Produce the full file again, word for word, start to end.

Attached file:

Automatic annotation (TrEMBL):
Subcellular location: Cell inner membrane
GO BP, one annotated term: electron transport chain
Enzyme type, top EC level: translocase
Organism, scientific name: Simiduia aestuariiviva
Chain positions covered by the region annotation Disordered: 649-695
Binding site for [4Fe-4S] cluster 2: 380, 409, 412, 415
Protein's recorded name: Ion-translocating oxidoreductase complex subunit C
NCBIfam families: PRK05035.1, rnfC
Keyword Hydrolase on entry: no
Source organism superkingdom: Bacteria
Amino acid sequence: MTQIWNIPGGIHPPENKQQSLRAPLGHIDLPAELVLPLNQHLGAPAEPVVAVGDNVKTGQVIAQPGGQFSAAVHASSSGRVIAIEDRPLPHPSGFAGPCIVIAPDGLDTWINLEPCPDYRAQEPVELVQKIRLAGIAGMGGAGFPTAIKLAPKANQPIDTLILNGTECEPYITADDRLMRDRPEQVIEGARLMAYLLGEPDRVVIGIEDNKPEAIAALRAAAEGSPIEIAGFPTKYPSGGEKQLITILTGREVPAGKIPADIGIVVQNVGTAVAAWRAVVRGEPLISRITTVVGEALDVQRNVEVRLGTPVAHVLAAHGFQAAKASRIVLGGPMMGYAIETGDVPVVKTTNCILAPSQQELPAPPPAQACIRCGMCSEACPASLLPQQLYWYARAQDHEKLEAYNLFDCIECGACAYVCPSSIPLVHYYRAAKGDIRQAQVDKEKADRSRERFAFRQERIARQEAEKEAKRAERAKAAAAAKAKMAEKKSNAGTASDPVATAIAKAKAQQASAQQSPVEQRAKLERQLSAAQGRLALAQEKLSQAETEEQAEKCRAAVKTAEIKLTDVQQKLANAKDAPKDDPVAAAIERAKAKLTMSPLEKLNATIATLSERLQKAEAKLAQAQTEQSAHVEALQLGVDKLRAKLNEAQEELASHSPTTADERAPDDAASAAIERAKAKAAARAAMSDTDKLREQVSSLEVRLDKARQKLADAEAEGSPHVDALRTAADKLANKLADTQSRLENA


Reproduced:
Automatic annotation (TrEMBL):
Subcellular location: Cell inner membrane
GO BP, one annotated term: electron transport chain
Enzyme type, top EC level: translocase
Organism, scientific name: Simiduia aestuariiviva
Chain positions covered by the region annotation Disordered: 649-695
Binding site for [4Fe-4S] cluster 2: 380, 409, 412, 415
Protein's recorded name: Ion-translocating oxidoreductase complex subunit C
NCBIfam families: PRK05035.1, rnfC
Keyword Hydrolase on entry: no
Source organism superkingdom: Bacteria
Amino acid sequence: MTQIWNIPGGIHPPENKQQSLRAPLGHIDLPAELVLPLNQHLGAPAEPVVAVGDNVKTGQVIAQPGGQFSAAVHASSSGRVIAIEDRPLPHPSGFAGPCIVIAPDGLDTWINLEPCPDYRAQEPVELVQKIRLAGIAGMGGAGFPTAIKLAPKANQPIDTLILNGTECEPYITADDRLMRDRPEQVIEGARLMAYLLGEPDRVVIGIEDNKPEAIAALRAAAEGSPIEIAGFPTKYPSGGEKQLITILTGREVPAGKIPADIGIVVQNVGTAVAAWRAVVRGEPLISRITTVVGEALDVQRNVEVRLGTPVAHVLAAHGFQAAKASRIVLGGPMMGYAIETGDVPVVKTTNCILAPSQQELPAPPPAQACIRCGMCSEACPASLLPQQLYWYARAQDHEKLEAYNLFDCIECGACAYVCPSSIPLVHYYRAAKGDIRQAQVDKEKADRSRERFAFRQERIARQEAEKEAKRAERAKAAAAAKAKMAEKKSNAGTASDPVATAIAKAKAQQASAQQSPVEQRAKLERQLSAAQGRLALAQEKLSQAETEEQAEKCRAAVKTAEIKLTDVQQKLANAKDAPKDDPVAAAIERAKAKLTMSPLEKLNATIATLSERLQKAEAKLAQAQTEQSAHVEALQLGVDKLRAKLNEAQEELASHSPTTADERAPDDAASAAIERAKAKAAARAAMSDTDKLREQVSSLEVRLDKARQKLADAEAEGSPHVDALRTAADKLANKLADTQSRLENA